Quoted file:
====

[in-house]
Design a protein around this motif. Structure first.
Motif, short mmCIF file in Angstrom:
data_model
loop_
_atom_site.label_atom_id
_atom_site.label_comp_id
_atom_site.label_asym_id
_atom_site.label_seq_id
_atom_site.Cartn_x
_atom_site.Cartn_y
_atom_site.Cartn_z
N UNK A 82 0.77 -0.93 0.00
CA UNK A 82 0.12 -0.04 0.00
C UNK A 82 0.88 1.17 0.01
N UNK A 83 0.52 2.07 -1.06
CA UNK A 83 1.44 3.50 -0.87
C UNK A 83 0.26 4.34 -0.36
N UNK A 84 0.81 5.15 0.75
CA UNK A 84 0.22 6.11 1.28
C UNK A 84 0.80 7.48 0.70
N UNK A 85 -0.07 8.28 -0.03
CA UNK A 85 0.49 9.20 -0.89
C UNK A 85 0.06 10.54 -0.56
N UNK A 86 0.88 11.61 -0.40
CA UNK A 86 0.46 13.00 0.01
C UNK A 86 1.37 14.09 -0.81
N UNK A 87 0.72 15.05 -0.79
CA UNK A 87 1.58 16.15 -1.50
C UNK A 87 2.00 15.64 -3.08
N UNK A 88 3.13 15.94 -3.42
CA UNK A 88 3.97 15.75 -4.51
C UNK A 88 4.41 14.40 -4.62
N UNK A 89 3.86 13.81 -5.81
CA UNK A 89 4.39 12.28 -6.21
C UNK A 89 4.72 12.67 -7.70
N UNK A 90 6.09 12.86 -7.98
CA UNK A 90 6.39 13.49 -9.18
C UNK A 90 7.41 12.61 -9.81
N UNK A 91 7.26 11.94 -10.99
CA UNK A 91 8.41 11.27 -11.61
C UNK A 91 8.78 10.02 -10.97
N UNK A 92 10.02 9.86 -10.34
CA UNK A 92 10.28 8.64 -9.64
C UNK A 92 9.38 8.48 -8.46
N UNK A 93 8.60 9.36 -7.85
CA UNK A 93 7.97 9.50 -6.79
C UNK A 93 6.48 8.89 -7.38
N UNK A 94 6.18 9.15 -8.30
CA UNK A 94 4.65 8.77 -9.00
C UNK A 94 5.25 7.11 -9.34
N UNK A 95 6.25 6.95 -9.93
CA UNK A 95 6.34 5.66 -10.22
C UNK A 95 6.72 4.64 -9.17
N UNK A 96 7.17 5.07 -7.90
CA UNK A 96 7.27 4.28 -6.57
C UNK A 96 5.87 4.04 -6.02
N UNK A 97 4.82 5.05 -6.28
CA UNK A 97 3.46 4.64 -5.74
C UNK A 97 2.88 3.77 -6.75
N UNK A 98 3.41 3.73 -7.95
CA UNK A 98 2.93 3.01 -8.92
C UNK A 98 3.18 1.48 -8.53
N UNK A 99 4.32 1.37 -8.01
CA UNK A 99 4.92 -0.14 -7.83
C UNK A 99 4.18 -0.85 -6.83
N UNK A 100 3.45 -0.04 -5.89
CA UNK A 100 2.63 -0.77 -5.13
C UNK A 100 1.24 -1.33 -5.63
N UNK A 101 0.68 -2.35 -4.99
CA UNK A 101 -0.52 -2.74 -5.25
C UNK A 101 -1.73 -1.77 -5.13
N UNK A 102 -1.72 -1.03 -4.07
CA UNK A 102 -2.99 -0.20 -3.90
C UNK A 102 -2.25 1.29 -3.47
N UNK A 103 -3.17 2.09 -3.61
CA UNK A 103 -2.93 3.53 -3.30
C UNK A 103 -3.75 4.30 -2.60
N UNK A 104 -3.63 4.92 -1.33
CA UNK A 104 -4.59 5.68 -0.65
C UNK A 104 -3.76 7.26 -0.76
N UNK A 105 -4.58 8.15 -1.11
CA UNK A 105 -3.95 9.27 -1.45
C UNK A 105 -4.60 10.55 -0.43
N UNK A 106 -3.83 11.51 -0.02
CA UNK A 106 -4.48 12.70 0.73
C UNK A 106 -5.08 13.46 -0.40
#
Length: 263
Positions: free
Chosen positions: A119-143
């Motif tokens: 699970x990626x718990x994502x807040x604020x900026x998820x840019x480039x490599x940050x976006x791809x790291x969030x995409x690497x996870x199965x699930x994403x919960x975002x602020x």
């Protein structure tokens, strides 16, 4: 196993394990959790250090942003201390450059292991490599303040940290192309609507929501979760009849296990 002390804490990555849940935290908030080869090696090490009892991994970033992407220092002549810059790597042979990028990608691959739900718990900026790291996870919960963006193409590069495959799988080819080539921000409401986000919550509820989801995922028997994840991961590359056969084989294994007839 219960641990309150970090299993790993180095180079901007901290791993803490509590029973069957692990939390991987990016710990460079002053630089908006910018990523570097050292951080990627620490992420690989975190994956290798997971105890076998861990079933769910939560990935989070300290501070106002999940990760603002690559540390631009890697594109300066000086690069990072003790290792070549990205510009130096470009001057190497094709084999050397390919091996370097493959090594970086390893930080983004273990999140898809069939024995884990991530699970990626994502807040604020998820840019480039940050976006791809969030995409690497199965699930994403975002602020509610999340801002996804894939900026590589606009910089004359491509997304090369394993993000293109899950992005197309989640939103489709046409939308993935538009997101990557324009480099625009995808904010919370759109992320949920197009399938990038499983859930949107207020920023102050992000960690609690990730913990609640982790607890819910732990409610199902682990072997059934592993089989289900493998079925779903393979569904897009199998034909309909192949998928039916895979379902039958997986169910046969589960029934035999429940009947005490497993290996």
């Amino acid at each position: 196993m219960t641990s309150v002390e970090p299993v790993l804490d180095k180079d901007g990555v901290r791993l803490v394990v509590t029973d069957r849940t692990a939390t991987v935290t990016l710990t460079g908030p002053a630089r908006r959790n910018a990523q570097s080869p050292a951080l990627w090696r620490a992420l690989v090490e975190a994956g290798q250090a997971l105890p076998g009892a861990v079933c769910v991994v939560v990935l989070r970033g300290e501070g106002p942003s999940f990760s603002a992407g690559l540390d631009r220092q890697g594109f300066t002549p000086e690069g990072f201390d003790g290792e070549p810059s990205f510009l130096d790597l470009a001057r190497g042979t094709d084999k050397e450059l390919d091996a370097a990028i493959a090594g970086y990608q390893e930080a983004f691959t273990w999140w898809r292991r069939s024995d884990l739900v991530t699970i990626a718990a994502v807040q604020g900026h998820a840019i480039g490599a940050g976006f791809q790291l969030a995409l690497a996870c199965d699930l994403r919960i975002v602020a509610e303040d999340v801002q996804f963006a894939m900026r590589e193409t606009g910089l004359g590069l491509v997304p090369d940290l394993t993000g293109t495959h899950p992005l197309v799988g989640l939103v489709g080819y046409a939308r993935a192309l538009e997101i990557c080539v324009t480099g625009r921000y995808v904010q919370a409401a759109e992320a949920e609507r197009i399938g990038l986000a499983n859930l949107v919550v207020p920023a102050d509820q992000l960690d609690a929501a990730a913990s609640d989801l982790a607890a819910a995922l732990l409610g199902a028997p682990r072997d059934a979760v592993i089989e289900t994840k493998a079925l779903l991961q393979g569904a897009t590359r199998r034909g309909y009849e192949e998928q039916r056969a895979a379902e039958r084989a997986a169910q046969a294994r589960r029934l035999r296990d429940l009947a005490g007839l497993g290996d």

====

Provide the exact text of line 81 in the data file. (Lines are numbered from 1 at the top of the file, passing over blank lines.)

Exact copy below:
C UNK A 104 -3.76 7.26 -0.76